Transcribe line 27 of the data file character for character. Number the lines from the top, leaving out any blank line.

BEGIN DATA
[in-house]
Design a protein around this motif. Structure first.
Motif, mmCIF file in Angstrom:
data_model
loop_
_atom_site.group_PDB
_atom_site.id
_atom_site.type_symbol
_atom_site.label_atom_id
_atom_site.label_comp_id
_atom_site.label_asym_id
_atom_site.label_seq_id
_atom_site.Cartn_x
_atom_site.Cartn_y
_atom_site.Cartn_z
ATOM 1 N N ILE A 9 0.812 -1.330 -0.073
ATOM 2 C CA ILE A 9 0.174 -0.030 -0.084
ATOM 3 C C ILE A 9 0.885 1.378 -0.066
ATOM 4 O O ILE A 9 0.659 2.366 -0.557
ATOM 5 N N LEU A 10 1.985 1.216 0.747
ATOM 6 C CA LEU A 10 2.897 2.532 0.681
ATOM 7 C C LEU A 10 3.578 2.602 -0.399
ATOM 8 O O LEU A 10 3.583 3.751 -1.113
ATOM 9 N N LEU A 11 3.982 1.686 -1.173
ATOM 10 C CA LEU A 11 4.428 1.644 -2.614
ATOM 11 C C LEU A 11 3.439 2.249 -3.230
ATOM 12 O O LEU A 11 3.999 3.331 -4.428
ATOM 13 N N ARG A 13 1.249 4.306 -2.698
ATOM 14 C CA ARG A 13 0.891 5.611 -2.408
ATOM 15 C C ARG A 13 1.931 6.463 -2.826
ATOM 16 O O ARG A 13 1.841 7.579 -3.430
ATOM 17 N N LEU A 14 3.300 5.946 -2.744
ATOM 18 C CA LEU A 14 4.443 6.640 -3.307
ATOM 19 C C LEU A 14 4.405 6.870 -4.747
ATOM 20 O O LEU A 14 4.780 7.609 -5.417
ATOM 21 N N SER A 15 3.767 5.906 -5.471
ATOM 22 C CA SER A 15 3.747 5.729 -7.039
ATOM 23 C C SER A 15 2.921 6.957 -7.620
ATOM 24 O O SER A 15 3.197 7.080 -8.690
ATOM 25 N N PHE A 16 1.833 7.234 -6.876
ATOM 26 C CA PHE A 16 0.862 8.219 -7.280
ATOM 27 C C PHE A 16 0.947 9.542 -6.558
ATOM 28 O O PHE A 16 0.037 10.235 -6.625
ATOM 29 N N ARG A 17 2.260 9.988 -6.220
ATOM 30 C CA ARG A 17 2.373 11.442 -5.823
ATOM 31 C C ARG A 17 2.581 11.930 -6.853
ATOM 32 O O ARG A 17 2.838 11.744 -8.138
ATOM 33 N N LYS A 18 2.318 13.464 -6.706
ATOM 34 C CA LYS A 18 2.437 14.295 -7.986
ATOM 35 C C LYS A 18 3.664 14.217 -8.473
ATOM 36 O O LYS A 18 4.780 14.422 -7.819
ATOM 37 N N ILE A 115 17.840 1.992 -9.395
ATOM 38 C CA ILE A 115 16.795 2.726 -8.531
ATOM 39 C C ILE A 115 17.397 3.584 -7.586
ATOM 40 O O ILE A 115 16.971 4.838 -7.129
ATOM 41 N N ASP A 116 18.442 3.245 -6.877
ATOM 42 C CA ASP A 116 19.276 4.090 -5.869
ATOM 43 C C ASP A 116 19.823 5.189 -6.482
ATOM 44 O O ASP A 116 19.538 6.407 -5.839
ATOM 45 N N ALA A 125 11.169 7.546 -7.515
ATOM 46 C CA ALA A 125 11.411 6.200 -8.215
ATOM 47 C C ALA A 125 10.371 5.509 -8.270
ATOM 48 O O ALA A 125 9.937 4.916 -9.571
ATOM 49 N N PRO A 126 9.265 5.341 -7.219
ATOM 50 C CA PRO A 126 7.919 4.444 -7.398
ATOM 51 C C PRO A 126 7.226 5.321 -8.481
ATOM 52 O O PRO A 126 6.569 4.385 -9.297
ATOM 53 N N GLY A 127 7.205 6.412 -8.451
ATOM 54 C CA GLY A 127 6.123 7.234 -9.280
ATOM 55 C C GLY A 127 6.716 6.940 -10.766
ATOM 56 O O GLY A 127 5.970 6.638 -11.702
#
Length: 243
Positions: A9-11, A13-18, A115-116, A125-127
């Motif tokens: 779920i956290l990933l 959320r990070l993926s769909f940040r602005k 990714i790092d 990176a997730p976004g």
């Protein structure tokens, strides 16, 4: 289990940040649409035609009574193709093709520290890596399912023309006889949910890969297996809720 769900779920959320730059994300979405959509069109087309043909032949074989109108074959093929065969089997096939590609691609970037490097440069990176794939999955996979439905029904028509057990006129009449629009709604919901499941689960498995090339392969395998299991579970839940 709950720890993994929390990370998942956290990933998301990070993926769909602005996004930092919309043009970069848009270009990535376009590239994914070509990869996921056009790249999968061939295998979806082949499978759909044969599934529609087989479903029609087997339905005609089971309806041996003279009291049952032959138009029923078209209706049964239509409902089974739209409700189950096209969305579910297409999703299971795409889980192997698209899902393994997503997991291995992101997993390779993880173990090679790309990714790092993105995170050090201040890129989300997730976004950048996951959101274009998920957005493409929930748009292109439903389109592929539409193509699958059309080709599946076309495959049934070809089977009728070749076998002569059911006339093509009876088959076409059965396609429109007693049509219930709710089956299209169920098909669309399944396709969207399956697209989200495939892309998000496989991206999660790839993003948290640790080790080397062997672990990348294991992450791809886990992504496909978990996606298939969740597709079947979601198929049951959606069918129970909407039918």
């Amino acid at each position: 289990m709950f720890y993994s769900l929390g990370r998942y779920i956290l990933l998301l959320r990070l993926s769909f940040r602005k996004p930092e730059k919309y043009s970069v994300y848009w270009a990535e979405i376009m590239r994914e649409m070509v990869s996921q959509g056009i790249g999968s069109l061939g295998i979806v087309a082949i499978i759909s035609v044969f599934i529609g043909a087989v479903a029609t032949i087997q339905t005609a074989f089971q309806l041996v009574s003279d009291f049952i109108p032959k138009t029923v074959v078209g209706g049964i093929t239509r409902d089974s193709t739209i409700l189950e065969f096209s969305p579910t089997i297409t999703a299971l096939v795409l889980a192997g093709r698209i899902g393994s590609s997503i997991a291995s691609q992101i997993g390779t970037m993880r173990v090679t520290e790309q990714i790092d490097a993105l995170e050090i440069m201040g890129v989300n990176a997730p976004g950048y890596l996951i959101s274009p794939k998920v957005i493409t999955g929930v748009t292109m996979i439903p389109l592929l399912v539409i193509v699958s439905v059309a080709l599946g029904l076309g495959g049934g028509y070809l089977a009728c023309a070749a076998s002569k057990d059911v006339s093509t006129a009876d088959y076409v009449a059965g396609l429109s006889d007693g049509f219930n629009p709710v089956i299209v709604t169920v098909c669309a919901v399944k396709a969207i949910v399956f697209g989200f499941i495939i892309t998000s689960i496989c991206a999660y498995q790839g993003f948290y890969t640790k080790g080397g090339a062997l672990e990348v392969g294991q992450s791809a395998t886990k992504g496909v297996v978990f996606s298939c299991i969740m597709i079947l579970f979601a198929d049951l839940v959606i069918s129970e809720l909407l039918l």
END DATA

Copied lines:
ATOM 12 O O LEU A 11 3.999 3.331 -4.428